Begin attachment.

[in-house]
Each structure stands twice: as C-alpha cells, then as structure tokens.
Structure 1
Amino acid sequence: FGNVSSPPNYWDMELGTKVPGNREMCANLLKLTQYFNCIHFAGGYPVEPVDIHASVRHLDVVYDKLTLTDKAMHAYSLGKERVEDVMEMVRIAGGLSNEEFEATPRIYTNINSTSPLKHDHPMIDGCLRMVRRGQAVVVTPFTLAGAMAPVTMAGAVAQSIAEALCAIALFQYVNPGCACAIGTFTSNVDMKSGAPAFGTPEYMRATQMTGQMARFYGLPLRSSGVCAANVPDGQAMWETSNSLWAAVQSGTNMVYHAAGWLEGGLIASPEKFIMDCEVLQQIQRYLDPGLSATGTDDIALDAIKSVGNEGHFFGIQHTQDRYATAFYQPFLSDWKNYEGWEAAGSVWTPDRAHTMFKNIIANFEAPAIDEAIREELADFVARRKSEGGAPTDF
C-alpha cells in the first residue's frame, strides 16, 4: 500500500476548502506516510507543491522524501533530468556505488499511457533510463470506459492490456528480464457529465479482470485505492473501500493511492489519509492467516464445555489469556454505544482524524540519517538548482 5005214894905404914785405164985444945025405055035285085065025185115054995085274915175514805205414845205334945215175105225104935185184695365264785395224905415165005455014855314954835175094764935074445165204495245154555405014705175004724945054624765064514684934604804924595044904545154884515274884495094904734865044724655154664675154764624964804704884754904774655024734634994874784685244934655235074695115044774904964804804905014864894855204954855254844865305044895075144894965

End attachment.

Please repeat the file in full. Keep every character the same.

[in-house]
Each structure stands twice: as C-alpha cells, then as structure tokens.
Structure 1
Amino acid sequence: FGNVSSPPNYWDMELGTKVPGNREMCANLLKLTQYFNCIHFAGGYPVEPVDIHASVRHLDVVYDKLTLTDKAMHAYSLGKERVEDVMEMVRIAGGLSNEEFEATPRIYTNINSTSPLKHDHPMIDGCLRMVRRGQAVVVTPFTLAGAMAPVTMAGAVAQSIAEALCAIALFQYVNPGCACAIGTFTSNVDMKSGAPAFGTPEYMRATQMTGQMARFYGLPLRSSGVCAANVPDGQAMWETSNSLWAAVQSGTNMVYHAAGWLEGGLIASPEKFIMDCEVLQQIQRYLDPGLSATGTDDIALDAIKSVGNEGHFFGIQHTQDRYATAFYQPFLSDWKNYEGWEAAGSVWTPDRAHTMFKNIIANFEAPAIDEAIREELADFVARRKSEGGAPTDF
C-alpha cells in the first residue's frame, strides 16, 4: 500500500476548502506516510507543491522524501533530468556505488499511457533510463470506459492490456528480464457529465479482470485505492473501500493511492489519509492467516464445555489469556454505544482524524540519517538548482 5005214894905404914785405164985444945025405055035285085065025185115054995085274915175514805205414845205334945215175105225104935185184695365264785395224905415165005455014855314954835175094764935074445165204495245154555405014705175004724945054624765064514684934604804924595044904545154884515274884495094904734865044724655154664675154764624964804704884754904774655024734634994874784685244934655235074695115044774904964804804905014864894855204954855254844865305044895075144894965